Since 2011, when she assumed the role of the head of this conservancy for under-resourced communities in the five boroughs of New York, Marton works with some big names: Founder Bette Midler, board members Michael Kors (celebrity designer), Jann Wenner (Rolling Stone founder/publisher), and Maria Rodale (multimedia publisher), among many others. They entrust and empower Marton, her staff, and volunteers to build green spaces that make life better for New Yorkers of all stripes.
“Leadership and sustainability are the same thing,” Marton says. “It’s about systems persisting over time. You want to manage resources as well as staff to continue after you are gone. Just as you would want resources flowing in a systemic way, you want your staff and your board to function to the best of their ability.”
But you can’t operate on gut feelings alone; accountability matters. “We know that seeing and experiencing nature and exercise, that air and water quality, can affect lifespans, birth weights, local economies, and civic engagement,” she says. “We are partnered with hospital and research institutions to determine if we can conclusively link green spaces to how people are able to live their lives.”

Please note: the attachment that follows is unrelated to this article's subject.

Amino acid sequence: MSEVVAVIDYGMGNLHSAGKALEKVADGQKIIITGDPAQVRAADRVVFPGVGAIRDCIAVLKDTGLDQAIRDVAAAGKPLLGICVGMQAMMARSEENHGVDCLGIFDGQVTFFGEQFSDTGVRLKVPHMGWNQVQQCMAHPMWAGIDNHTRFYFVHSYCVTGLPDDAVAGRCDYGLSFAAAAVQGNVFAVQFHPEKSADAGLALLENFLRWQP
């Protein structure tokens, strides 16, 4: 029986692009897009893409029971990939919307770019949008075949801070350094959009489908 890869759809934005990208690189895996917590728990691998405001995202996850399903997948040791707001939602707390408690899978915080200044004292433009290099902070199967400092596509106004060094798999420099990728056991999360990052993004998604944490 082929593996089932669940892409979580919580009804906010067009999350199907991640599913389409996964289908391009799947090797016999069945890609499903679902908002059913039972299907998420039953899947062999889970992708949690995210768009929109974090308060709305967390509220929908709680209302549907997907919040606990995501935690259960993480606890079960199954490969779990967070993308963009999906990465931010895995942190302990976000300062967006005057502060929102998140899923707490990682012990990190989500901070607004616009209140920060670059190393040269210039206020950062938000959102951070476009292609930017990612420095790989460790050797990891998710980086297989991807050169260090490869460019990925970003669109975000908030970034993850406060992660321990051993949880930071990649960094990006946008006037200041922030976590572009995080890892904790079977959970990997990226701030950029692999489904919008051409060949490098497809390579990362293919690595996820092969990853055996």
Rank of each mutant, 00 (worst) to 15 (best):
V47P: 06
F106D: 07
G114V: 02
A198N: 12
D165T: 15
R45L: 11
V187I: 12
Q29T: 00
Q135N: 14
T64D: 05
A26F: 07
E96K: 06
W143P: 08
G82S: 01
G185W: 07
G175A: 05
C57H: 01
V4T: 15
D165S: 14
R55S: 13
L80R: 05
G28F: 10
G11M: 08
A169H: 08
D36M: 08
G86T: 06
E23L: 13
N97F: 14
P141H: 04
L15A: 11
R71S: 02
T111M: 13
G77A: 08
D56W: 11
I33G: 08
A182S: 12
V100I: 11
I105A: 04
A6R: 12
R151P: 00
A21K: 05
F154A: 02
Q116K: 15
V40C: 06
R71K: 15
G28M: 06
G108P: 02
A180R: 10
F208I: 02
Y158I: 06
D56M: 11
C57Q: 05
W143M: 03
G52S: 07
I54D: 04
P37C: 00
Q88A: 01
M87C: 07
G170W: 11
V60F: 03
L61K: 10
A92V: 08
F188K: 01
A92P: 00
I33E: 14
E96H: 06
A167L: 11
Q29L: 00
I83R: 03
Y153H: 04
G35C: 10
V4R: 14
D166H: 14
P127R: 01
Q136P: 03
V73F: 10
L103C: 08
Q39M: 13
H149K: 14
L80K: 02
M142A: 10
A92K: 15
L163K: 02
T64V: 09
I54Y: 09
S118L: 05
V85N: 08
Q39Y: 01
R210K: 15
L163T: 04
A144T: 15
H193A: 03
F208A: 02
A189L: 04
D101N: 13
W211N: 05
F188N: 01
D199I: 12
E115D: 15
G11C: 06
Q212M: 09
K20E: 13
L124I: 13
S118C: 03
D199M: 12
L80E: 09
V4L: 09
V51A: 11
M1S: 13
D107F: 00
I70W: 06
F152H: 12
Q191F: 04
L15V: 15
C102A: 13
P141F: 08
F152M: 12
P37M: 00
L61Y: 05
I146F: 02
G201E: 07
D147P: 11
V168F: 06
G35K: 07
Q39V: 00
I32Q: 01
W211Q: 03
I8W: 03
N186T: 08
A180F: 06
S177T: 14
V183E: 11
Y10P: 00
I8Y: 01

“It’s important to mentor anyone you can, male and female,” Marton shares. “I tell people there are two important things: to know yourself and to be honest about your skills, including where you can make improvements. Also to take chances. That builds leadership skills.” She adds that compassion, empathy, tough persistence, and not being defensive when wrong help get things done.
Her grandmother, born in Hungary and a refugee from communism, ranks up there with The Divine Miss M (Midler) as her inspiration.